Why Do So Many Parents Feel Their Newborn Baby Doesn’t Sleep?

As parents and caregivers, so often we’re bombarded with so much information around pregnancy and the postpartum period. We embark on this journey very excited, maybe a little apprehensive, and then sleep deprivation hits. You may feel your newborn baby doesn’t sleep as well as expected, or an older baby’s sleep patterns regress and suddenly things aren’t as we’re lead to believe they should be in the movies or magazines – reality hits!

Why is sleep so important to health? Sleep helps control mood, weight, cardiovascular health and overall health and well-being. Sleep helps your body and brain recharge. On the other hand, sleep deprivation has a negative effect on health such as reduced attention span, hyperactivity and issues with immunity. Many parents are shocked to discover that sleep, like rolling over, crawling or walking, is a skill their baby will need to learn.

Like most things, creating the best possible scenario for restful regular sleep is crucial. There are specific things you can do to help make sleep less of a stress point and allow your newborn and your family to feel calmer and more rested.

When and How Much?

Understanding how much, how often and when their baby should sleep is often a source of much anxiety for a new mum. It’s key to remember that all babies are different, however you may find it helpful to have some averages to refer to. The key of course is setting good foundations for restful, timely, regular sleep: knowing the signs, adequate nutrition, a suitable environment to encourage sleep, a soothing routine and a sense of wellbeing. Understanding an average for the amount of sleep can help put things into perspective, but it shouldn’t become another source of anxiety.

For a newborn between 0-3 months old, sleep can be all over the shop with no consistency or pattern. At this very early age the newborn is feeding regularly making sure they get enough food to survive, forming a close attachment with their mother and they also sleep a lot to repair and grow. The sleep cycles for a newborn are very short 35-40 minutes and they can find it hard to settle. By them receiving the right amount of sleep when they need it, (will be explained in the next chapter) allows for overall health and wellbeing.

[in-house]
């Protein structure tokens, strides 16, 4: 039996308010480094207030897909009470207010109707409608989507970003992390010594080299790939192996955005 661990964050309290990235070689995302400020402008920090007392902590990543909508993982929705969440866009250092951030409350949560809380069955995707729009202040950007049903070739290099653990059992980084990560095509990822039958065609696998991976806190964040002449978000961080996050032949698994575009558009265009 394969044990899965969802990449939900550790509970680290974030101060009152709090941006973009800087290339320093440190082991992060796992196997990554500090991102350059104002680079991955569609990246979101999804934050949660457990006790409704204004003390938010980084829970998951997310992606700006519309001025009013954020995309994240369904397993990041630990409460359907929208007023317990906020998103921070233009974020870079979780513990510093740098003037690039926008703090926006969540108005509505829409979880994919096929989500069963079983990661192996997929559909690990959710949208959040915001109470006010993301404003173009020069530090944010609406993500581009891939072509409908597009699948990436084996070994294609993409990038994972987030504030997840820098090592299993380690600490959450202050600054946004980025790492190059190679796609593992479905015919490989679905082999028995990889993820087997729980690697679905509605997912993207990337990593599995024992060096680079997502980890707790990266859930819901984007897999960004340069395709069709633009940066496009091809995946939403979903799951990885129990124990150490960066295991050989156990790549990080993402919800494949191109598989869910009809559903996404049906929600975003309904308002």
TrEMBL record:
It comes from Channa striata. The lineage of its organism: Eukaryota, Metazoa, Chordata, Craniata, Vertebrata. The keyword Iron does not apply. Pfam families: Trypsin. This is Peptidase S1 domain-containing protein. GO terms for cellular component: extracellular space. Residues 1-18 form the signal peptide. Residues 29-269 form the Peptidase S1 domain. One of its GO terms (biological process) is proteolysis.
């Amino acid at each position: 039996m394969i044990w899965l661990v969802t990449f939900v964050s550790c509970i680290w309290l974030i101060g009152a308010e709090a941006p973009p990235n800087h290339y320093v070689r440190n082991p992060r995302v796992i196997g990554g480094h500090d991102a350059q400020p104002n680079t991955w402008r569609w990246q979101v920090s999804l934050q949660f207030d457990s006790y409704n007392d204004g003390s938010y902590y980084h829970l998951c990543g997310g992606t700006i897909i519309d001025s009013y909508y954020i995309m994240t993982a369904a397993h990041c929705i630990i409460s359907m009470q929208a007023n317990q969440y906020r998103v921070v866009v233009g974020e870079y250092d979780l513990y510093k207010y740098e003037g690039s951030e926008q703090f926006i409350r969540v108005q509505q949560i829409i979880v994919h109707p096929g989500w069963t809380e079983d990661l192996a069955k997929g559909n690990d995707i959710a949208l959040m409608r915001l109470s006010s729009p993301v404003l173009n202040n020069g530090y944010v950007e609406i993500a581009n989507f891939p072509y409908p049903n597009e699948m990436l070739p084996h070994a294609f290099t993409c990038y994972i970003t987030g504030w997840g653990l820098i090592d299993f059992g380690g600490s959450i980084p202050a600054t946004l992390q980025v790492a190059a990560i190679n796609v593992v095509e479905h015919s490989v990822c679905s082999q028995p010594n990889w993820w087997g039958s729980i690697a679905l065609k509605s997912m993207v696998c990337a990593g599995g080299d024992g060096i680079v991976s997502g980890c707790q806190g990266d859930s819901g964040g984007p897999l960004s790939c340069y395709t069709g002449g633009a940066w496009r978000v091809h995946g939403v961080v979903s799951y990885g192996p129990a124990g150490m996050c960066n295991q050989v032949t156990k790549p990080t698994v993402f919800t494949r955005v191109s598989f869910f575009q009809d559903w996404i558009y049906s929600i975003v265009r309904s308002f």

1. Signs of Tiredness: What to Look for?

As a new parent or even second timer it can be very easy to miss the signs of tiredness and when to put the baby to sleep. There is a huge link between a baby that is overtired and has poor sleep, hyperactivity, difficulty

falling asleep and rising early. Some of the signs that your baby is tired may include:

· Becoming more snuggly
· Rub their eyes or ears
· Staring into space
· Become very still and quiet
· No longer being able to keep eye contact
· Sucking their fingers, something which would have occurred in the womb for 9 months

2. Nutrition

Why is nutrition so important to sleep? As a Midwife and Sleep Consultant I get asked this question at least once a week and my answer is always that good nutrition is the building block to good health and sleep. The nutrients and minerals that we get from food play a huge role in getting a healthy amount of sleep. With a baby under 6 months they are depending on these nutrients either through the breast milk or formula they receive. When breast feeding, aim to eat a diet rich in nutrients. Also, foods such as those high in sugar, caffeine and alcohol can have negative effects on a baby’s sleep so it is a good idea to keep them to a minimum.

3. Environment

When working with families, environment is something I look at closely and is so very important for healthy sleep. The environment that a baby sleeps in can have both a very positive or a very negative effect on sleep. These are some things to think about when setting up a space for your baby to sleep in:

· The room shouldn’t be too hot or too cool;
· Make the room as dark as possible;
· It should be a healthy, smoke-free environment with a clean, firm mattress;
· Consider using natural cotton and/or organic materials that are more breathable and gentle;
· The space should be free of electrical currents or radios;
· Introduce some white noise or gentle soothing music to encourage sleep;

It’s also so important to follow SIDS guidelines for every sleep, most importantly placing your baby on their back and away from any hazards such as loose blankets or toys is very important

4. Routine

Trying to fall asleep when you feel agitated, overwhelmed or worried isn’t easy. You need time to unwind and relax. The same goes for your baby. Not only does a restful, quiet routine for bedtime relax your baby ready for sleep, it is a great time to bond and also teach them to expect and prepare for sleep. A warm bath, gentle massage, bedtime story or rhyme and last feed and cuddle will help set the tone for bedtime.

5. Wellbeing

The emotional well-being of children is just as important as their physical health. When a baby is born it is intrinsically linked to its mother and will react to her energy. Understanding what a baby needs and what may be lacking, is the first step to helping improve their sense of wellbeing and ultimately the quality of their sleep. This might include things such as more room play, more outdoor play, a consistent, reliable routine, reducing parental stress or supporting the main caregivers parenting techniques to align with the child’s temperament.

If you’d like to chat more about how I might be able to support you and your family don’t hesitate to reach out, you can call me on 0448 223463 or email miriam@myblossomingfamily.com. I’m here to help.